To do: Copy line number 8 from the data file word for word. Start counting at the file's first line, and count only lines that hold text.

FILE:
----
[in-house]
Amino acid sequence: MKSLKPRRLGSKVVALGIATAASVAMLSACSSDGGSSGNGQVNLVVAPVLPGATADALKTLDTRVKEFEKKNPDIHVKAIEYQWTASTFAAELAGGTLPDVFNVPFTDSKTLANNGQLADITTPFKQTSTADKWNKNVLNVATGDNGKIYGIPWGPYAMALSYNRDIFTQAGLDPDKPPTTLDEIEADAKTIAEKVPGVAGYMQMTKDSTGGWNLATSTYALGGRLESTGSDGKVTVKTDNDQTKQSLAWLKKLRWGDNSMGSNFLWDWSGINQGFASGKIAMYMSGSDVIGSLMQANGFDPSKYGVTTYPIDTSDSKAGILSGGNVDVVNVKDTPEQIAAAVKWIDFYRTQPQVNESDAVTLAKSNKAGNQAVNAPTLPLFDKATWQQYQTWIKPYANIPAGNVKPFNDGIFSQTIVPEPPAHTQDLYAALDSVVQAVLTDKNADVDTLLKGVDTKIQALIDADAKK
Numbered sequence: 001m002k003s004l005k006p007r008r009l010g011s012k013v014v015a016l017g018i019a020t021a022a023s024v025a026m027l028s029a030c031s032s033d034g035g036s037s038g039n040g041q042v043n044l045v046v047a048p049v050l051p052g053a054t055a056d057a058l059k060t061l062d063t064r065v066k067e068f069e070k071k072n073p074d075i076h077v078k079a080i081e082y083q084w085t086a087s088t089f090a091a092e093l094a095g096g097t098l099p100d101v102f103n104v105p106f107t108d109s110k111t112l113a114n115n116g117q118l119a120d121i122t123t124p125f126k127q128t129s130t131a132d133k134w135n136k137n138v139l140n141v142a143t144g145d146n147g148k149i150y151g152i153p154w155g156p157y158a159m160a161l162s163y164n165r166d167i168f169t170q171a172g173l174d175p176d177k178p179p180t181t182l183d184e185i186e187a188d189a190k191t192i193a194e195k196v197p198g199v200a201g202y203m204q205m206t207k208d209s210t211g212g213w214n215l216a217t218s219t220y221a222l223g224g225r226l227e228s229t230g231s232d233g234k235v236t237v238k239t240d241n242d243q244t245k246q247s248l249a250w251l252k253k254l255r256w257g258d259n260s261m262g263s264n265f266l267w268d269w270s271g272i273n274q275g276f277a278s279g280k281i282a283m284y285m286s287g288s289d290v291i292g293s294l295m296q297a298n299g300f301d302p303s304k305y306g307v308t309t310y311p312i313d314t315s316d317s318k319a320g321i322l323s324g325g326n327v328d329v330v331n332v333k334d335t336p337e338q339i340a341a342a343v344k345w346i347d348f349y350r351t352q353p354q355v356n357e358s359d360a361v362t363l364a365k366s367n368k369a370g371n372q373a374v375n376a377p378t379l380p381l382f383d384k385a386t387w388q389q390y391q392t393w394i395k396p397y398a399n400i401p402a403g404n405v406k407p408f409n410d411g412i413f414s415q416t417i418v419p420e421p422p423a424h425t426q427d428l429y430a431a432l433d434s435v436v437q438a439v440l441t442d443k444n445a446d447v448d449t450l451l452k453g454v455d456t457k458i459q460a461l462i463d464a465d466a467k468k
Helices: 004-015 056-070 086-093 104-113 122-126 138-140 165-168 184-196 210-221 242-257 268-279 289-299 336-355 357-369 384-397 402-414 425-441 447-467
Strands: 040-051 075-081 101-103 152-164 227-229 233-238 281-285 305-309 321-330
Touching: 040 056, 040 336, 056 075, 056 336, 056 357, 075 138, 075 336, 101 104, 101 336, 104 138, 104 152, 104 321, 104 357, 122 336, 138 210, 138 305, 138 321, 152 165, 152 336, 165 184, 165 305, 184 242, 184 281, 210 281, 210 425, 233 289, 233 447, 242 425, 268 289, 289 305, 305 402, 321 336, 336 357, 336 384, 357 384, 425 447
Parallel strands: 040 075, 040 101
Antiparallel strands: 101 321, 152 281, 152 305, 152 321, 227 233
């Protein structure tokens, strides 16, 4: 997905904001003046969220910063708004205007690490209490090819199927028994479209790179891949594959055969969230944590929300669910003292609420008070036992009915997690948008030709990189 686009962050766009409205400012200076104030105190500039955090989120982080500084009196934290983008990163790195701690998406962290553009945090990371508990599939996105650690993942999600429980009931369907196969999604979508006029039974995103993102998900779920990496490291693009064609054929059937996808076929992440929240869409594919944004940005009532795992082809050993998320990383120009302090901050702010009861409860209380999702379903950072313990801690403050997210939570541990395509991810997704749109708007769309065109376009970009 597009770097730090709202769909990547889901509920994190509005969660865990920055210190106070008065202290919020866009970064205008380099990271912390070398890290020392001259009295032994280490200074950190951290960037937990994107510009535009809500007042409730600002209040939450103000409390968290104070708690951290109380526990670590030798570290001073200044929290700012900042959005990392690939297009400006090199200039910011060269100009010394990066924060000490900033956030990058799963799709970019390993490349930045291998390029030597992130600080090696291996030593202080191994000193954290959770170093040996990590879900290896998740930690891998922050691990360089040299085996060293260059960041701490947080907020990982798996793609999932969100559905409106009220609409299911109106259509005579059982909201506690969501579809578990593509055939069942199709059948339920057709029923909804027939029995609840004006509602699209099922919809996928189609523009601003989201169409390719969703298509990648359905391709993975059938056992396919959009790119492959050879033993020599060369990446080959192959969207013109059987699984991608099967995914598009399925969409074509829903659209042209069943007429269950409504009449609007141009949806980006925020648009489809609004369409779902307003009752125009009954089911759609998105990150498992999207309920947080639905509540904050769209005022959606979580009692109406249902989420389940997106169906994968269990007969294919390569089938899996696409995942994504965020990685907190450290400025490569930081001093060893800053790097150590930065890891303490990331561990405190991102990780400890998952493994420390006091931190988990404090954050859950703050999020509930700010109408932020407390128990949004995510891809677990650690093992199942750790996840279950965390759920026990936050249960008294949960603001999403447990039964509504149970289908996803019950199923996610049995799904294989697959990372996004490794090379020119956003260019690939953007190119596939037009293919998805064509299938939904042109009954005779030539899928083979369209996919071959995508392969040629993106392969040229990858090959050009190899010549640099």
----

Antiparallel strands: 101 321, 152 281, 152 305, 152 321, 227 233